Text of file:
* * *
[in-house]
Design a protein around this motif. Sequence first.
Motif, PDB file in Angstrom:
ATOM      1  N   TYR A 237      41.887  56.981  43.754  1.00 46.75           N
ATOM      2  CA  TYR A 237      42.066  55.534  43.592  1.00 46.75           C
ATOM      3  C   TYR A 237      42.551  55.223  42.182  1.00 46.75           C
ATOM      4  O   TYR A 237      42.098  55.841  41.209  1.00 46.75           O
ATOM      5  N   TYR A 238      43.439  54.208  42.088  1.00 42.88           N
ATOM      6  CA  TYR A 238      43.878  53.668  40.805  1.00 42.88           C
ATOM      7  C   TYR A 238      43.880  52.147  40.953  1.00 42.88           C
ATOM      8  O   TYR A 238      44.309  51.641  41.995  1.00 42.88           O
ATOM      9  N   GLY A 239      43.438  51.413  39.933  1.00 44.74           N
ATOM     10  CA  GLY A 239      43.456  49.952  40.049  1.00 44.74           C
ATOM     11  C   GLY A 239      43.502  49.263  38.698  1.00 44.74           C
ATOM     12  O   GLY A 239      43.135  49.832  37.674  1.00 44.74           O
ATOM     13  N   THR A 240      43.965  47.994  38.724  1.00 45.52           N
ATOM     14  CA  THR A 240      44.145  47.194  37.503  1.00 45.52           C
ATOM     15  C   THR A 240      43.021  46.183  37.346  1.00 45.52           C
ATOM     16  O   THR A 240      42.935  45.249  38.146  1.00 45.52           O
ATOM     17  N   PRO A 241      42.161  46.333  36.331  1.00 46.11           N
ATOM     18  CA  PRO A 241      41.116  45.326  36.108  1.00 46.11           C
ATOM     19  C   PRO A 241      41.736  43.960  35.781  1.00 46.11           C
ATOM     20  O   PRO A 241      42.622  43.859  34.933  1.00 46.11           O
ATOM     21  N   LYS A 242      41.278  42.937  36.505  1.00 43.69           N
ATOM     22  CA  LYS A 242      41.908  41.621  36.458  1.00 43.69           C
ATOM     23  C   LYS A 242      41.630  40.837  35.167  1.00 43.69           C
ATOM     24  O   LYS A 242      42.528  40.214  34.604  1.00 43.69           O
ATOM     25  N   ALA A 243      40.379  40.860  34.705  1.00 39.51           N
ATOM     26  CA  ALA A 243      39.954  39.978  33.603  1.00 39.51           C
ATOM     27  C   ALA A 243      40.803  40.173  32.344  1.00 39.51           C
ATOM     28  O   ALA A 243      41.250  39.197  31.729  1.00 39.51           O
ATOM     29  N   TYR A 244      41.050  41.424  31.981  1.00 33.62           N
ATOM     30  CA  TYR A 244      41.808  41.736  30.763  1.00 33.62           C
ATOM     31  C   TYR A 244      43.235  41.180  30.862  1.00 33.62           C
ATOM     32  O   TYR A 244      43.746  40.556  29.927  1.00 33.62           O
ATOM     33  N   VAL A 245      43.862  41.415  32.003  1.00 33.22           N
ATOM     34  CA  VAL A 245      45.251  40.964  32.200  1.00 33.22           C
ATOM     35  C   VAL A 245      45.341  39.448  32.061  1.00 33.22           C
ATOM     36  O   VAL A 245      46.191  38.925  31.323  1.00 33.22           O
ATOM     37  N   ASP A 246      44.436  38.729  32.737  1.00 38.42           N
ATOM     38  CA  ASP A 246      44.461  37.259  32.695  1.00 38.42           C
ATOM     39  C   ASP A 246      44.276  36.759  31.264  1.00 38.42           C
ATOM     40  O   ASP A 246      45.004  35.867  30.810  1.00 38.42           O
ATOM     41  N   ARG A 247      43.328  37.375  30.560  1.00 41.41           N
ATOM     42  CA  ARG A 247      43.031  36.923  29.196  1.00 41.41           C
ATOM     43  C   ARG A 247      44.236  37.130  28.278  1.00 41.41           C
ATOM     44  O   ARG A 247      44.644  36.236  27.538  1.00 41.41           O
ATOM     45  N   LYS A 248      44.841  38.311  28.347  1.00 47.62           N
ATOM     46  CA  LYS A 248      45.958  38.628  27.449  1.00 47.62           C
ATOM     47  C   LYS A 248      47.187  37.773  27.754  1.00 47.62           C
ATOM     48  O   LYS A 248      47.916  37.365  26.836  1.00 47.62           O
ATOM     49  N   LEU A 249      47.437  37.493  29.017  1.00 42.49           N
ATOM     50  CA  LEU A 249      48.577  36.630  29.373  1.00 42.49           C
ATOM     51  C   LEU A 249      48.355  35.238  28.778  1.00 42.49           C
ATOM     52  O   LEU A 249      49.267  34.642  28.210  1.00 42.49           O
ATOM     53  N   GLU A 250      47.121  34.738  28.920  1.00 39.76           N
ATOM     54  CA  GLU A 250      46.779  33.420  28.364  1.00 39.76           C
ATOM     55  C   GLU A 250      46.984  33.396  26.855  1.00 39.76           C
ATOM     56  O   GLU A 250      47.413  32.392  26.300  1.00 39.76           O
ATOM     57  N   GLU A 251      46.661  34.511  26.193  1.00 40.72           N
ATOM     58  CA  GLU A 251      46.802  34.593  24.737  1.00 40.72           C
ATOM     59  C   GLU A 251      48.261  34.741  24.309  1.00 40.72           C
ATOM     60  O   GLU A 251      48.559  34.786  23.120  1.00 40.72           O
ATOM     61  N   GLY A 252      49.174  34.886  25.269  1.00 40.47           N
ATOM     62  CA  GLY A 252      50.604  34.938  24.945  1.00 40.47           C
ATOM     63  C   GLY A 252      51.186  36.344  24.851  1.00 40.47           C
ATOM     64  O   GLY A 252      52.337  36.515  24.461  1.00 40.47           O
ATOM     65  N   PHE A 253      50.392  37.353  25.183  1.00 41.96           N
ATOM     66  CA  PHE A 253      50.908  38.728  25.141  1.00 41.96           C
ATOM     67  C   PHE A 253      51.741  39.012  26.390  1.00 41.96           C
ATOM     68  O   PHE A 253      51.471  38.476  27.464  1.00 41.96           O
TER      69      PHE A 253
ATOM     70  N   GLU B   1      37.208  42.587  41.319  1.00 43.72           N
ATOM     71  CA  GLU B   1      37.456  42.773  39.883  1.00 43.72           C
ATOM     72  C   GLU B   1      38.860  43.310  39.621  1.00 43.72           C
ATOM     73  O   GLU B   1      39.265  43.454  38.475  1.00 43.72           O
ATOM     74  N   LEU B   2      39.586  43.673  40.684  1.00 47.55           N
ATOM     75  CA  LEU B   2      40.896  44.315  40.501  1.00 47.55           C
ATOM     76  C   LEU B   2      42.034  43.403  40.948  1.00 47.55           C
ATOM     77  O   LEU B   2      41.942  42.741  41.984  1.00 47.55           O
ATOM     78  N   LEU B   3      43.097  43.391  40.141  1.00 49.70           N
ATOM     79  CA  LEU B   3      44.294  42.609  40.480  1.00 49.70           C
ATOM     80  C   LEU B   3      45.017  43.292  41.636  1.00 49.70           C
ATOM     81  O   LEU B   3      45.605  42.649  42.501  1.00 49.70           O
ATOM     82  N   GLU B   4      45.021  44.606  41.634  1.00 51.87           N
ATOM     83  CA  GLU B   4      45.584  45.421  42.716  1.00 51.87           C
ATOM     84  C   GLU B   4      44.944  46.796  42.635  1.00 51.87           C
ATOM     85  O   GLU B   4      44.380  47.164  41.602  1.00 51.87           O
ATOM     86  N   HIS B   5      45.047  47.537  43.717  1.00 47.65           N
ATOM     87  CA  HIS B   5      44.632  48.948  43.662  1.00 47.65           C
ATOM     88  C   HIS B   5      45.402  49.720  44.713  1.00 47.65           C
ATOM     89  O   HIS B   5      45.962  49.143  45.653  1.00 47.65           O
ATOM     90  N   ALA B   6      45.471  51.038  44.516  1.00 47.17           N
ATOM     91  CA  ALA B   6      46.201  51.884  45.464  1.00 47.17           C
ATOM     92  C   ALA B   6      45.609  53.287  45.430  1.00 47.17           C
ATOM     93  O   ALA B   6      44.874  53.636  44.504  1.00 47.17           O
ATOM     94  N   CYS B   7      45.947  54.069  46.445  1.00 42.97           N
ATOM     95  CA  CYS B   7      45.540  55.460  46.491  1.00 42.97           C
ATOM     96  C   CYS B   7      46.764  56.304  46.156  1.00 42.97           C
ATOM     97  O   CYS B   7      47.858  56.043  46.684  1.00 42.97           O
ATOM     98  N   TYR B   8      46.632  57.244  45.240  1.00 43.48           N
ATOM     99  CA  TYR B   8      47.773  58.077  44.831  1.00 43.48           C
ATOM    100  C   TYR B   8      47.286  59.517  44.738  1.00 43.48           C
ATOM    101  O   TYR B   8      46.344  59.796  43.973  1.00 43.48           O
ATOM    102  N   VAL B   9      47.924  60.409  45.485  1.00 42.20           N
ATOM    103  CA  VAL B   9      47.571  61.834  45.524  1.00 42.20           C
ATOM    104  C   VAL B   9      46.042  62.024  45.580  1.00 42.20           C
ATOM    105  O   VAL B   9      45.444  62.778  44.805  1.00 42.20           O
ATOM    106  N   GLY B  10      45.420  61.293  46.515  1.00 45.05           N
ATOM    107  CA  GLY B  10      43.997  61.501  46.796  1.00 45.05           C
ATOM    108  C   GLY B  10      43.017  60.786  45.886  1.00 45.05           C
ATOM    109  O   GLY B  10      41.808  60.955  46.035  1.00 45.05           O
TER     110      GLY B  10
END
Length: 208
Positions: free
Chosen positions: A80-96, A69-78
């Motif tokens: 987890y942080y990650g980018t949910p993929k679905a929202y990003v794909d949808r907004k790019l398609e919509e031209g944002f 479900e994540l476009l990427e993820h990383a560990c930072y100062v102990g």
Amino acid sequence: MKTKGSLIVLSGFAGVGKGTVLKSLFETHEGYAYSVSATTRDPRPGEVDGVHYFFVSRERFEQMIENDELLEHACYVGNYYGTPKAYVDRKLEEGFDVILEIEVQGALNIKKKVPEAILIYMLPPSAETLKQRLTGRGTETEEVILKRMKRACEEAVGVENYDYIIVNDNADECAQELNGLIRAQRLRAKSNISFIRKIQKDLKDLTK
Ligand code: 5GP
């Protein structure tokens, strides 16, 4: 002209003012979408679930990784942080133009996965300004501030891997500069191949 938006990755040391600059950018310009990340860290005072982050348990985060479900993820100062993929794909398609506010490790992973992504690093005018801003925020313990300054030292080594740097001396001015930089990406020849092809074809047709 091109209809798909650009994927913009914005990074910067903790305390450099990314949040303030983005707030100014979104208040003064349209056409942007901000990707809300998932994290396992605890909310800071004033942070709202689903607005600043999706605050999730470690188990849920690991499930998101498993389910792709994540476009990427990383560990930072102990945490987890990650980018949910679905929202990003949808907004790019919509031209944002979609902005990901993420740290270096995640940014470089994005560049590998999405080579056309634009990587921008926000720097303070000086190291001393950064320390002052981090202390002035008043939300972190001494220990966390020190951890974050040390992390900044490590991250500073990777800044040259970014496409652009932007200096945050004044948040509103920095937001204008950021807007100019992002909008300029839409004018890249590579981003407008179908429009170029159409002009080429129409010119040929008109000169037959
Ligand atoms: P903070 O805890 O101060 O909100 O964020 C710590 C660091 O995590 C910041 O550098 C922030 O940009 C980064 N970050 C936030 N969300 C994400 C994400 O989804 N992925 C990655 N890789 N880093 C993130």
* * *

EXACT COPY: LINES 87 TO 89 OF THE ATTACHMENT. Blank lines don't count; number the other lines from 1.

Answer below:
ATOM     84  C   GLU B   4      44.944  46.796  42.635  1.00 51.87           C
ATOM     85  O   GLU B   4      44.380  47.164  41.602  1.00 51.87           O
ATOM     86  N   HIS B   5      45.047  47.537  43.717  1.00 47.65           N